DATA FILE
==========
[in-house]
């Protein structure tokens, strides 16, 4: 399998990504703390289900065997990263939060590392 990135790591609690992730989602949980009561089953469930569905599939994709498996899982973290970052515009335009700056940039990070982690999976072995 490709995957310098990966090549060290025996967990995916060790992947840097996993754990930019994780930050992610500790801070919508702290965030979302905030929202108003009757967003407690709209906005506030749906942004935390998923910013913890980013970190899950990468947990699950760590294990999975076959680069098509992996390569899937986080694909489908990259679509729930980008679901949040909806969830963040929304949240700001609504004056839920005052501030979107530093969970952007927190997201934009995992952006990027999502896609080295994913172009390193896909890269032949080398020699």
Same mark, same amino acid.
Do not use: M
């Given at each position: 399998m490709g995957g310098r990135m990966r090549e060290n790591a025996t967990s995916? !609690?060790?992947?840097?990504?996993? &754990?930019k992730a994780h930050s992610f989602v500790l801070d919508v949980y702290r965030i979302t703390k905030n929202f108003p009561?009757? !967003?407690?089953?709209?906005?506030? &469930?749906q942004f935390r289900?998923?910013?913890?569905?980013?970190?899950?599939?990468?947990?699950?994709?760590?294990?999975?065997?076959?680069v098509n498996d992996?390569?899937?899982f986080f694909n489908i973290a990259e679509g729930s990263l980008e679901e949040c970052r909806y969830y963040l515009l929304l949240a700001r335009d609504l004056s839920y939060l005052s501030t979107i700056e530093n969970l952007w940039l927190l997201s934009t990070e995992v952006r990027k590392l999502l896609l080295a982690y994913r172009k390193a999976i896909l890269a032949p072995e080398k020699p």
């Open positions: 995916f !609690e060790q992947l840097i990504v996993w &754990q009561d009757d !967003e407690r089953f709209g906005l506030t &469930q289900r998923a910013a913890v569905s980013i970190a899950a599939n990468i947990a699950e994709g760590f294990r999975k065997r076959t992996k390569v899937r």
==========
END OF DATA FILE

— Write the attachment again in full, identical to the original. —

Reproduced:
[in-house]
């Protein structure tokens, strides 16, 4: 399998990504703390289900065997990263939060590392 990135790591609690992730989602949980009561089953469930569905599939994709498996899982973290970052515009335009700056940039990070982690999976072995 490709995957310098990966090549060290025996967990995916060790992947840097996993754990930019994780930050992610500790801070919508702290965030979302905030929202108003009757967003407690709209906005506030749906942004935390998923910013913890980013970190899950990468947990699950760590294990999975076959680069098509992996390569899937986080694909489908990259679509729930980008679901949040909806969830963040929304949240700001609504004056839920005052501030979107530093969970952007927190997201934009995992952006990027999502896609080295994913172009390193896909890269032949080398020699």
Same mark, same amino acid.
Do not use: M
């Given at each position: 399998m490709g995957g310098r990135m990966r090549e060290n790591a025996t967990s995916? !609690?060790?992947?840097?990504?996993? &754990?930019k992730a994780h930050s992610f989602v500790l801070d919508v949980y702290r965030i979302t703390k905030n929202f108003p009561?009757? !967003?407690?089953?709209?906005?506030? &469930?749906q942004f935390r289900?998923?910013?913890?569905?980013?970190?899950?599939?990468?947990?699950?994709?760590?294990?999975?065997?076959?680069v098509n498996d992996?390569?899937?899982f986080f694909n489908i973290a990259e679509g729930s990263l980008e679901e949040c970052r909806y969830y963040l515009l929304l949240a700001r335009d609504l004056s839920y939060l005052s501030t979107i700056e530093n969970l952007w940039l927190l997201s934009t990070e995992v952006r990027k590392l999502l896609l080295a982690y994913r172009k390193a999976i896909l890269a032949p072995e080398k020699p």
């Open positions: 995916f !609690e060790q992947l840097i990504v996993w &754990q009561d009757d !967003e407690r089953f709209g906005l506030t &469930q289900r998923a910013a913890v569905s980013i970190a899950a599939n990468i947990a699950e994709g760590f294990r999975k065997r076959t992996k390569v899937r």